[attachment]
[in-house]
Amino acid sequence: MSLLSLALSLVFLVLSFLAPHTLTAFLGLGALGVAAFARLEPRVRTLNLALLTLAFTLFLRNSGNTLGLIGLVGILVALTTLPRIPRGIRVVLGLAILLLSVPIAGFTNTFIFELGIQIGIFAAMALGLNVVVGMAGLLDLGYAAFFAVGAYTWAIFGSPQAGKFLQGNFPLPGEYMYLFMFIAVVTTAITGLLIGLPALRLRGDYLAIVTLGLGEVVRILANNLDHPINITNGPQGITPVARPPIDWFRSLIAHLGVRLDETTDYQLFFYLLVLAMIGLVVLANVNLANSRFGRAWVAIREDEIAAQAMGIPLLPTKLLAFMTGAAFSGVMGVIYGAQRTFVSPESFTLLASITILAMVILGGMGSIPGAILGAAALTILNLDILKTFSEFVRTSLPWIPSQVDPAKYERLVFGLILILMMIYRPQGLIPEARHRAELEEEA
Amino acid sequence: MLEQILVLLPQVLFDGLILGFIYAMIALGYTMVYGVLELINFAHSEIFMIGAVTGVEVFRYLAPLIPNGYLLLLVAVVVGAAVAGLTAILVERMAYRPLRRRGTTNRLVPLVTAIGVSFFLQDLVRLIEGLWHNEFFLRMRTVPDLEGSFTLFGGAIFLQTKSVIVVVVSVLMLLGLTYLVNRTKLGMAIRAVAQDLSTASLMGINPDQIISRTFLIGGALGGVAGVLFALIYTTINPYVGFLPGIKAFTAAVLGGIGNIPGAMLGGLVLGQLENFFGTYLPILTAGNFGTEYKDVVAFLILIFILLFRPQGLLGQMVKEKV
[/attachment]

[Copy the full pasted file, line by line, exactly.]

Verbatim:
[in-house]
Amino acid sequence: MSLLSLALSLVFLVLSFLAPHTLTAFLGLGALGVAAFARLEPRVRTLNLALLTLAFTLFLRNSGNTLGLIGLVGILVALTTLPRIPRGIRVVLGLAILLLSVPIAGFTNTFIFELGIQIGIFAAMALGLNVVVGMAGLLDLGYAAFFAVGAYTWAIFGSPQAGKFLQGNFPLPGEYMYLFMFIAVVTTAITGLLIGLPALRLRGDYLAIVTLGLGEVVRILANNLDHPINITNGPQGITPVARPPIDWFRSLIAHLGVRLDETTDYQLFFYLLVLAMIGLVVLANVNLANSRFGRAWVAIREDEIAAQAMGIPLLPTKLLAFMTGAAFSGVMGVIYGAQRTFVSPESFTLLASITILAMVILGGMGSIPGAILGAAALTILNLDILKTFSEFVRTSLPWIPSQVDPAKYERLVFGLILILMMIYRPQGLIPEARHRAELEEEA
Amino acid sequence: MLEQILVLLPQVLFDGLILGFIYAMIALGYTMVYGVLELINFAHSEIFMIGAVTGVEVFRYLAPLIPNGYLLLLVAVVVGAAVAGLTAILVERMAYRPLRRRGTTNRLVPLVTAIGVSFFLQDLVRLIEGLWHNEFFLRMRTVPDLEGSFTLFGGAIFLQTKSVIVVVVSVLMLLGLTYLVNRTKLGMAIRAVAQDLSTASLMGINPDQIISRTFLIGGALGGVAGVLFALIYTTINPYVGFLPGIKAFTAAVLGGIGNIPGAMLGGLVLGQLENFFGTYLPILTAGNFGTEYKDVVAFLILIFILLFRPQGLLGQMVKEKV